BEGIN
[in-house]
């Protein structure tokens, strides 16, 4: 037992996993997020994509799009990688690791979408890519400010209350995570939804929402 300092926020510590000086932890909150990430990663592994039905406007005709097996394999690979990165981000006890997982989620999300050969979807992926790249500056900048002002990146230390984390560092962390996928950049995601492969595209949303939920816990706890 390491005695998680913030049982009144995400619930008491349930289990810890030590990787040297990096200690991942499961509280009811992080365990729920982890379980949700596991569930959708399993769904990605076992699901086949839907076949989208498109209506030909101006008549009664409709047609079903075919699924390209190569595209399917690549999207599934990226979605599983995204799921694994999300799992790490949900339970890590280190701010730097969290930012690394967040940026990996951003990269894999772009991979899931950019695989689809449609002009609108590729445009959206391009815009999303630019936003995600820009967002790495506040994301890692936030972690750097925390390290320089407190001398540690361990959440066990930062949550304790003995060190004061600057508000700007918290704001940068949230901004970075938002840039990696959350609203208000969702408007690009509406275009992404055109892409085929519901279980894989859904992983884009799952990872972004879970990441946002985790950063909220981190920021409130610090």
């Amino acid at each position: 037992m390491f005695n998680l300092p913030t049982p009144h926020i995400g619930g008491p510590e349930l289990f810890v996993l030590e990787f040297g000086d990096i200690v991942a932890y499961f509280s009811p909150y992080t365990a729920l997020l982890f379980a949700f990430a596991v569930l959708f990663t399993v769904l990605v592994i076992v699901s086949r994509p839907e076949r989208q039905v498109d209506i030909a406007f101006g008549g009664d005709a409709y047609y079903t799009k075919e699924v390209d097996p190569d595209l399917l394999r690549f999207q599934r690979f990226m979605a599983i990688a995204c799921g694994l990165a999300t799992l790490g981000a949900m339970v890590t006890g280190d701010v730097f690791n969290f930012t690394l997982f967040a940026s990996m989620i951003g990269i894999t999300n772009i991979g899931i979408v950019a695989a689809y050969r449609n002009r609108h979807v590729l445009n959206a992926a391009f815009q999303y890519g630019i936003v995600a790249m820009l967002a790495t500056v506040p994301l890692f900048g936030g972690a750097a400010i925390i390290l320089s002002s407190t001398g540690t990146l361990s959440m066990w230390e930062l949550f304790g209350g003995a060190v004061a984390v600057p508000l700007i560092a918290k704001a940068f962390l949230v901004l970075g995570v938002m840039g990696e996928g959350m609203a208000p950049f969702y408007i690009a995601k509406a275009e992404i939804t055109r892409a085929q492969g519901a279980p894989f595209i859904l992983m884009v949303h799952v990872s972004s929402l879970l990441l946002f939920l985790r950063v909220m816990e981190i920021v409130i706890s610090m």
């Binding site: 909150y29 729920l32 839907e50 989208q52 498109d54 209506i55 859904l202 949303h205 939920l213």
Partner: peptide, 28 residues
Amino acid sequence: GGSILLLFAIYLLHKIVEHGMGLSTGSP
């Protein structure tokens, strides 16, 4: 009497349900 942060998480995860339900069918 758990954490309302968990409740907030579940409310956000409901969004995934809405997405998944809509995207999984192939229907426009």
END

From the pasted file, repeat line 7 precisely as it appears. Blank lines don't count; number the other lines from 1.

């Protein structure tokens, strides 16, 4: 009497349900 942060998480995860339900069918 758990954490309302968990409740907030579940409310956000409901969004995934809405997405998944809509995207999984192939229907426009």